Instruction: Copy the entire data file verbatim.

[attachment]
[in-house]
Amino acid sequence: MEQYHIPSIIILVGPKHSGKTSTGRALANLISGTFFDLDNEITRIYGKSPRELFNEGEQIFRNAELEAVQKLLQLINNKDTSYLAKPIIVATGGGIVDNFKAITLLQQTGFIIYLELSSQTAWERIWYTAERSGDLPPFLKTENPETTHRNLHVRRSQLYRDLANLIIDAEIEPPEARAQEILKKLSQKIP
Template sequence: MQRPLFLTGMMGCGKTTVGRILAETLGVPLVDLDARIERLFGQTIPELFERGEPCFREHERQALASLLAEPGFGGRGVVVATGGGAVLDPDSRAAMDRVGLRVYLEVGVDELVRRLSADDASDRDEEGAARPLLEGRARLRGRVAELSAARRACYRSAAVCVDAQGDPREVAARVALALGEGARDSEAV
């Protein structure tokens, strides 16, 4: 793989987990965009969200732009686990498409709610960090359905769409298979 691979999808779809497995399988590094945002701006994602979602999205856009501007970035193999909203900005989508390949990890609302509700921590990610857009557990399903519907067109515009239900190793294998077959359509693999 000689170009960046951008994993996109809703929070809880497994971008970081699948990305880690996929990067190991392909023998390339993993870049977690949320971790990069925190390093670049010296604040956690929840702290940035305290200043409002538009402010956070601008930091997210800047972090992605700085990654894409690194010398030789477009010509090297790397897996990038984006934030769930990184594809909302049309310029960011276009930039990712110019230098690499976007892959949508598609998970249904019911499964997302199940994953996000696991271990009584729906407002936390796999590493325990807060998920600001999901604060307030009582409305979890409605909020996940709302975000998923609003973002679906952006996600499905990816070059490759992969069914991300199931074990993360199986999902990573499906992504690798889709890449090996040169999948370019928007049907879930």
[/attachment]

[in-house]
Amino acid sequence: MEQYHIPSIIILVGPKHSGKTSTGRALANLISGTFFDLDNEITRIYGKSPRELFNEGEQIFRNAELEAVQKLLQLINNKDTSYLAKPIIVATGGGIVDNFKAITLLQQTGFIIYLELSSQTAWERIWYTAERSGDLPPFLKTENPETTHRNLHVRRSQLYRDLANLIIDAEIEPPEARAQEILKKLSQKIP
Template sequence: MQRPLFLTGMMGCGKTTVGRILAETLGVPLVDLDARIERLFGQTIPELFERGEPCFREHERQALASLLAEPGFGGRGVVVATGGGAVLDPDSRAAMDRVGLRVYLEVGVDELVRRLSADDASDRDEEGAARPLLEGRARLRGRVAELSAARRACYRSAAVCVDAQGDPREVAARVALALGEGARDSEAV
């Protein structure tokens, strides 16, 4: 793989987990965009969200732009686990498409709610960090359905769409298979 691979999808779809497995399988590094945002701006994602979602999205856009501007970035193999909203900005989508390949990890609302509700921590990610857009557990399903519907067109515009239900190793294998077959359509693999 000689170009960046951008994993996109809703929070809880497994971008970081699948990305880690996929990067190991392909023998390339993993870049977690949320971790990069925190390093670049010296604040956690929840702290940035305290200043409002538009402010956070601008930091997210800047972090992605700085990654894409690194010398030789477009010509090297790397897996990038984006934030769930990184594809909302049309310029960011276009930039990712110019230098690499976007892959949508598609998970249904019911499964997302199940994953996000696991271990009584729906407002936390796999590493325990807060998920600001999901604060307030009582409305979890409605909020996940709302975000998923609003973002679906952006996600499905990816070059490759992969069914991300199931074990993360199986999902990573499906992504690798889709890449090996040169999948370019928007049907879930």